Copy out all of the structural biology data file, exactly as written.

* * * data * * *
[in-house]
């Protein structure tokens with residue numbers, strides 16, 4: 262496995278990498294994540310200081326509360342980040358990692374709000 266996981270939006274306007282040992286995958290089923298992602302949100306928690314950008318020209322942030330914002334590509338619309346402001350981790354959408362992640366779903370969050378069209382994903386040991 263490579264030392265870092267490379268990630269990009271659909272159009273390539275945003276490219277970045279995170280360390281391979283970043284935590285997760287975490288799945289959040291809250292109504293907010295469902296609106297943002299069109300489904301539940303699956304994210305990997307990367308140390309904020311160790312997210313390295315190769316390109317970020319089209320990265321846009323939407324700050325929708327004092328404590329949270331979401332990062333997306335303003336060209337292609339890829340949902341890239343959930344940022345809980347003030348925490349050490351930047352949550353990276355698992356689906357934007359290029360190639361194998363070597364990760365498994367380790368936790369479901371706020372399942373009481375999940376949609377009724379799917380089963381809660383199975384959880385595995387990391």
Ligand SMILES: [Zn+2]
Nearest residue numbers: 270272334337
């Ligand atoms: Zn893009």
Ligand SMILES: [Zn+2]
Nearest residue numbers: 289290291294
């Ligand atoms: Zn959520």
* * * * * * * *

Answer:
[in-house]
């Protein structure tokens with residue numbers, strides 16, 4: 262496995278990498294994540310200081326509360342980040358990692374709000 266996981270939006274306007282040992286995958290089923298992602302949100306928690314950008318020209322942030330914002334590509338619309346402001350981790354959408362992640366779903370969050378069209382994903386040991 263490579264030392265870092267490379268990630269990009271659909272159009273390539275945003276490219277970045279995170280360390281391979283970043284935590285997760287975490288799945289959040291809250292109504293907010295469902296609106297943002299069109300489904301539940303699956304994210305990997307990367308140390309904020311160790312997210313390295315190769316390109317970020319089209320990265321846009323939407324700050325929708327004092328404590329949270331979401332990062333997306335303003336060209337292609339890829340949902341890239343959930344940022345809980347003030348925490349050490351930047352949550353990276355698992356689906357934007359290029360190639361194998363070597364990760365498994367380790368936790369479901371706020372399942373009481375999940376949609377009724379799917380089963381809660383199975384959880385595995387990391």
Ligand SMILES: [Zn+2]
Nearest residue numbers: 270272334337
């Ligand atoms: Zn893009």
Ligand SMILES: [Zn+2]
Nearest residue numbers: 289290291294
């Ligand atoms: Zn959520």